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Beita is an icon of the popular Palestinian resistance

July 7, 2021 at 10:03 am

Palestinian flags flutter towards a new Israeli settler outpost in the village of Beita, south of Nablus in the occupied West Bank, on 13 June 2021 [JAAFAR ASHTIYEH/AFP/Getty Images]

The town of Beita has turned into an icon of the popular resistance in occupied Palestine. It appears to have channelled the spirit of the Jerusalem uprising during the day and the harsh activities of Gaza at night, in harmony with the developments in Palestine recently. This was specifically in terms of strengthening the unity of the Palestinian people, wherever they might be, behind the option of all kinds of resistance, especially on a popular level.

Lying south of Nablus, Beita defends its property and land across the adjacent Mount Sabih area, part of which was seized by settlers to establish an illegal outpost that they called Eviatar, after a settler who was killed in a resistance operation there some time ago. It covers dozens of acres on the mountain, but there is a malicious plan to control hundreds more and establish a large settlement to isolate Beita and the neighbouring towns from their Palestinian surroundings, ending up as a major settlement network deep within the Palestinian cities, towns and villages in the West Bank.

The settlers took advantage of the Palestinian and global preoccupation with the Jerusalem uprisings in Bab Al-Amoud, Sheikh Jarrah and Al-Aqsa Mosque followed by the Sword of Jerusalem battle, to establish the settlement outpost in Mount Sabih. The Israeli occupation army paved roads and connected infrastructure networks for the outpost, which is illegal even under colonial Israeli law, and the government actually ordered its removal. However, the former Prime Minister Benjamin Netanyahu passed this particular hot potato and its implementation to put his far-right successor, Naftali Bennett, the ex-head of the settlements council, on the spot.

The people of Beita rose up in defence of their land, future and destiny, by adopting the option of peaceful popular resistance around the clock, inspired by the atmosphere and uprisings in the occupied territories over the past few months. The town and its activities represented Jerusalem during the day and Gaza at night. The people carry out various activities and events during the day, including gatherings, demonstrations, sit-ins, seminars, speeches and festivals, and hold Friday prayers on Mount Sabih. All of this is accompanied by popular chants and traditional nationalist songs, including one specific to the town. At night, Beita and the surrounding area combine to become Gaza, with more robust popular resistance methods to create confusion. This includes the use of loudspeakers, flashing lights, lasers and fireworks, so that the settlers and the occupation army units sent to defend them cannot sleep.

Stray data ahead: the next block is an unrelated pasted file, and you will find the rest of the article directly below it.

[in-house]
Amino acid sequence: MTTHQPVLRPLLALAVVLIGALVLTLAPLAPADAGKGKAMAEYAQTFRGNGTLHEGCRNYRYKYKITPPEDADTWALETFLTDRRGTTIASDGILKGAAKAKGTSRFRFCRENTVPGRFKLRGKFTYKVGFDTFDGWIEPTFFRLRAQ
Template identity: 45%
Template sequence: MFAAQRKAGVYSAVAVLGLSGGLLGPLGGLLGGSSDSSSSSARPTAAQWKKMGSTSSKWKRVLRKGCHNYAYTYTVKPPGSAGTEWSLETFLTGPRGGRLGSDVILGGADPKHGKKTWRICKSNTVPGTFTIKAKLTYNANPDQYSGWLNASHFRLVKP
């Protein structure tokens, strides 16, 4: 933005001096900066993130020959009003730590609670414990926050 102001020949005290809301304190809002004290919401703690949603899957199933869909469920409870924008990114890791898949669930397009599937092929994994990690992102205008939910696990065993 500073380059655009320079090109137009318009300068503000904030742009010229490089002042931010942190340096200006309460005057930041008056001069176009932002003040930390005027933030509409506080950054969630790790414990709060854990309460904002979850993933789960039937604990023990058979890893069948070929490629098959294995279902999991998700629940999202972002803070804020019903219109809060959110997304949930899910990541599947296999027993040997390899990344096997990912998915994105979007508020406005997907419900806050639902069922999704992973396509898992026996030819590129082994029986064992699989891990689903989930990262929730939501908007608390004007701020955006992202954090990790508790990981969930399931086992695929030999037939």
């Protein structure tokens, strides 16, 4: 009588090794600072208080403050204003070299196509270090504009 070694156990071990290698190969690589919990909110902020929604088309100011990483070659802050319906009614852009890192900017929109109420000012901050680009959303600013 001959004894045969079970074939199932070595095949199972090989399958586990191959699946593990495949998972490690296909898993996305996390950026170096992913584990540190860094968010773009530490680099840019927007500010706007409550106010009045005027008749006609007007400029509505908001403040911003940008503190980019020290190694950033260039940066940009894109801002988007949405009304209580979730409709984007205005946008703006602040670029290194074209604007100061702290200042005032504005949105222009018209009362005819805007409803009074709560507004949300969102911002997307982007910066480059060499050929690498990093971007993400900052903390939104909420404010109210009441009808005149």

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In this way, Beita seems to represent a creative update of the Bil’in-Ni’lin model that has been seen in the West Bank for years, where weekly demonstrations and activities to protect their lands and property from settlers have achieved remarkable results. Beita has also turned into an international issue, like Sheikh Jarrah and Silwan, as political and diplomatic pressures escalated for the Israeli government to dismantle the settlement outpost and prevent it from turning into larger explosion across Palestine.

There are many lessons to be learnt from Beita, most notably the now legendary steadfastness of the Palestinian people and their insistence on defending their land and property against the military occupation and its settlers, using whatever resources they have at hand. Of these there are many, the most important of which are the people themselves who refuse to surrender or accept the “facts on the ground” that the Israeli settlers are seeking to impose by force. We see from this that popular resistance is turning into a way of life for the Palestinians. The Beita model and its creativity has led to calls for caution at all points of contact with the Israeli occupation authorities and settlers, especially in villages and towns where extensive land and property theft has taken place.

In stark contrast to this, the leadership of the Palestinian Authority is absent, helpless and unable to support the town. The PA has virtually abandoned Beita, leaving it to its fate, just as it did with the uprisings in Jerusalem and the Sword of Jerusalem battle in Gaza.

The response of the people of Beita has raised the cost of the outpost for Israel on the political, security and economic levels. Now it is up to the Palestinian political groups and institutions to adopt a serious approach to popular resistance as an essential part of a political programme. This should be developed by an elected and unified national leadership resulting from the rearrangement of Palestinian affairs; the rebuilding of national institutions in a democratic manner; and a leadership that seeks to mobilise the people and invest their enormous capabilities in a comprehensive, determined and extended struggle with the Israeli occupation, within and beyond the borders of historic Palestine.

READ: Israel’s siege and violence are damaging Palestinian children’s minds

This article first appeared in Arabic in the Palestinian Information Centre on 4 July 2021

The views expressed in this article belong to the author and do not necessarily reflect the editorial policy of Middle East Monitor.